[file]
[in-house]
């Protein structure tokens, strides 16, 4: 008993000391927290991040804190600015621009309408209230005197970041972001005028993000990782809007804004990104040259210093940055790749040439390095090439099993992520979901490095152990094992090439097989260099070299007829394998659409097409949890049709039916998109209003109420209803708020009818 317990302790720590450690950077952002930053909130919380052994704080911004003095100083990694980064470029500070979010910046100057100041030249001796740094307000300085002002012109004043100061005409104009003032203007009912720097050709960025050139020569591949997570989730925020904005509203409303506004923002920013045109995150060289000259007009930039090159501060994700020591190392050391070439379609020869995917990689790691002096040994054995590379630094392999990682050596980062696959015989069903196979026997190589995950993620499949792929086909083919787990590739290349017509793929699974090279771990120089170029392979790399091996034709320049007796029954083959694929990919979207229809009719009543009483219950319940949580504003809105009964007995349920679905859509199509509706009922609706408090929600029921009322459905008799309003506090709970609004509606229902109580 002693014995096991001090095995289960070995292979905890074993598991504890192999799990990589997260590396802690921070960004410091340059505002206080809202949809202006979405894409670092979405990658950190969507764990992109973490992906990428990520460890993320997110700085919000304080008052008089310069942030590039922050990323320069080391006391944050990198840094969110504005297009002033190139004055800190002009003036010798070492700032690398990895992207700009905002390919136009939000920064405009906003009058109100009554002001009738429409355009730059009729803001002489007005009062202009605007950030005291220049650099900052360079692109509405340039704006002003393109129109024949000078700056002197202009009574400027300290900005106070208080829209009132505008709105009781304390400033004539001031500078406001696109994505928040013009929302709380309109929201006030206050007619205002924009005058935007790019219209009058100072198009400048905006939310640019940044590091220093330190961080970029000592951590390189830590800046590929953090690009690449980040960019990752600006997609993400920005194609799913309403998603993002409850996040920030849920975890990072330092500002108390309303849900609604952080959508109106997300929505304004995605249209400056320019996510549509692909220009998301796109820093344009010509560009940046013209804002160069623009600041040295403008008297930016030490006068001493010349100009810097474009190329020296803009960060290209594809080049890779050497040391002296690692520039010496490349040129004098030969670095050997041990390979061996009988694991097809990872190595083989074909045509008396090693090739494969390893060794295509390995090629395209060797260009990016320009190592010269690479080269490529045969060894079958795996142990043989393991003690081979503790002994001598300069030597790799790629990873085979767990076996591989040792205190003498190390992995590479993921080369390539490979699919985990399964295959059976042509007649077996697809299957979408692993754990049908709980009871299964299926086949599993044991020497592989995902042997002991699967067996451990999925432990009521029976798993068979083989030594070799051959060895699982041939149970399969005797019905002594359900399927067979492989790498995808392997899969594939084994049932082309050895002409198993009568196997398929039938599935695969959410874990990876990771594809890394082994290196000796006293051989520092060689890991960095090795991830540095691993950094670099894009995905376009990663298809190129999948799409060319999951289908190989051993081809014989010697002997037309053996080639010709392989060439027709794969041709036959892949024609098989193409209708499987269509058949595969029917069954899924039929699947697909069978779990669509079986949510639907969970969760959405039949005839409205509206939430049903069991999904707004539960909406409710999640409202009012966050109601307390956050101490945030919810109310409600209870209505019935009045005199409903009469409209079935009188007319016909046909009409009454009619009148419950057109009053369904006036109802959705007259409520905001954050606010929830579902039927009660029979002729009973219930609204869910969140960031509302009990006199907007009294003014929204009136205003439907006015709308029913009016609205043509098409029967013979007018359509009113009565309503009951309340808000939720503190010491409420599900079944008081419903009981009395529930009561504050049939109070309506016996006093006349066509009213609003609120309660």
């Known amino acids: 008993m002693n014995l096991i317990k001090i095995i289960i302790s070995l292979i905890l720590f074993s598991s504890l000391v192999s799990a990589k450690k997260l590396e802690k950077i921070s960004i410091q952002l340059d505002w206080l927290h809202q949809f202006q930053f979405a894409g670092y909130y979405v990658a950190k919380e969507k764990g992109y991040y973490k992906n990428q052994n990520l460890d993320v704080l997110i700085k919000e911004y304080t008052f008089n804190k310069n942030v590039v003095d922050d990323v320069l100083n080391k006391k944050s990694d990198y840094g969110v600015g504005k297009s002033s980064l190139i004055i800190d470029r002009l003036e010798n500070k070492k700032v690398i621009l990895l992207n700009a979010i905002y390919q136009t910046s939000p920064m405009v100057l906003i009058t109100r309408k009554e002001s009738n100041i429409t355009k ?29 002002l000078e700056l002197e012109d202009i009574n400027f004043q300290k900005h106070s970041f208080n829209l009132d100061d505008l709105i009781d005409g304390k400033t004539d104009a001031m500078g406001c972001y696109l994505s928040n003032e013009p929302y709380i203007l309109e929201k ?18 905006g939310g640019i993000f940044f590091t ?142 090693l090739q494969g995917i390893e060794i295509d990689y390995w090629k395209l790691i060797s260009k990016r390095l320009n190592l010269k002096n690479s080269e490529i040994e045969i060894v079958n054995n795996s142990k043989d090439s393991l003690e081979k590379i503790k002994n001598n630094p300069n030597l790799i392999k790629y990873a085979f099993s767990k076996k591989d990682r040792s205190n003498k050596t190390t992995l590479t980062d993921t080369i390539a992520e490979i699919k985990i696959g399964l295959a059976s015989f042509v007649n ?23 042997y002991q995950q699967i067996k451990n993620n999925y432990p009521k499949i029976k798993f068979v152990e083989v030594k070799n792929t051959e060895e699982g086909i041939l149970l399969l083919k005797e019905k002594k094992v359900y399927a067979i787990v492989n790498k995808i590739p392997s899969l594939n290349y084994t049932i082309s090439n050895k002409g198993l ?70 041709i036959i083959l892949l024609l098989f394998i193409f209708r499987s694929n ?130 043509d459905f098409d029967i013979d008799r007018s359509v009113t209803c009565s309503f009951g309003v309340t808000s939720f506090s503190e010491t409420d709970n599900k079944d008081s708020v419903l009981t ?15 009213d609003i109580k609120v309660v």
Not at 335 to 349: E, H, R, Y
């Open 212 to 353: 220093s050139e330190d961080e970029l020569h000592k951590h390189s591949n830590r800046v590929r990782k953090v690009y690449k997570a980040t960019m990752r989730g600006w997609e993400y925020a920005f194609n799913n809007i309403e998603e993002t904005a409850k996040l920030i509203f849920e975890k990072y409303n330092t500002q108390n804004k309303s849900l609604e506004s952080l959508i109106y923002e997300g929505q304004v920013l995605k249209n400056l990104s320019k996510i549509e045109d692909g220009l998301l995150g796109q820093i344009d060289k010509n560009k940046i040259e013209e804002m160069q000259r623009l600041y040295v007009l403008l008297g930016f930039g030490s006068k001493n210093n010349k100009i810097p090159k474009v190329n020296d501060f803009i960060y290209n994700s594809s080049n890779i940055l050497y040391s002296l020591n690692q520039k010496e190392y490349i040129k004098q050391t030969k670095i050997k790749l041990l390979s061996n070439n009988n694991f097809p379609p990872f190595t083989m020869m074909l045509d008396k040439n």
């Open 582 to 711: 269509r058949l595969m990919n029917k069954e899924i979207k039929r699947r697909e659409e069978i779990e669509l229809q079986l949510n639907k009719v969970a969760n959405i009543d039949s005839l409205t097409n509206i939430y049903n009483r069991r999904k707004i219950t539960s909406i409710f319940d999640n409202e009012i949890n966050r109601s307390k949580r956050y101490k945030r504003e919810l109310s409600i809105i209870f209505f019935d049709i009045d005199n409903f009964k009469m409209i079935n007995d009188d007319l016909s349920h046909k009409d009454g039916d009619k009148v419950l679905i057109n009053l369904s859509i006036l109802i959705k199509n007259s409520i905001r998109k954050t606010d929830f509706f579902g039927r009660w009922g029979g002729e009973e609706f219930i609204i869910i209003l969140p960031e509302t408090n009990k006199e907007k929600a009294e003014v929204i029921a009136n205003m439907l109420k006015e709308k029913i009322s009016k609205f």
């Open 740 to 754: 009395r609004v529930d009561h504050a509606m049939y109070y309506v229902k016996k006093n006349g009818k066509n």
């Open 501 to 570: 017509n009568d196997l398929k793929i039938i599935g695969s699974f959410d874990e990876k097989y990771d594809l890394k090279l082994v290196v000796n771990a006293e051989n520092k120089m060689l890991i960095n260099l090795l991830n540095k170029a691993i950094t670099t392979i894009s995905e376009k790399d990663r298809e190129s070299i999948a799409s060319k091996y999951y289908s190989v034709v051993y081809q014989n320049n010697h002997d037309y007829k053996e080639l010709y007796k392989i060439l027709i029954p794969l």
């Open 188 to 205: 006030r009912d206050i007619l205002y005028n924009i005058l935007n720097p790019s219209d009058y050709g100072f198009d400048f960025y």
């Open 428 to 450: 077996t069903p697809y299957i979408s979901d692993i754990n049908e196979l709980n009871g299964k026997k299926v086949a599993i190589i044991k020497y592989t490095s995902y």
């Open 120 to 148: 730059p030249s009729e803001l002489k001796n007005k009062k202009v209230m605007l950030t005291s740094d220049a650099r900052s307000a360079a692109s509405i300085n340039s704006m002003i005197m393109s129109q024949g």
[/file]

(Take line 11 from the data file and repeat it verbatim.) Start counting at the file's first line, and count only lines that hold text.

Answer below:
């Open 120 to 148: 730059p030249s009729e803001l002489k001796n007005k009062k202009v209230m605007l950030t005291s740094d220049a650099r900052s307000a360079a692109s509405i300085n340039s704006m002003i005197m393109s129109q024949g």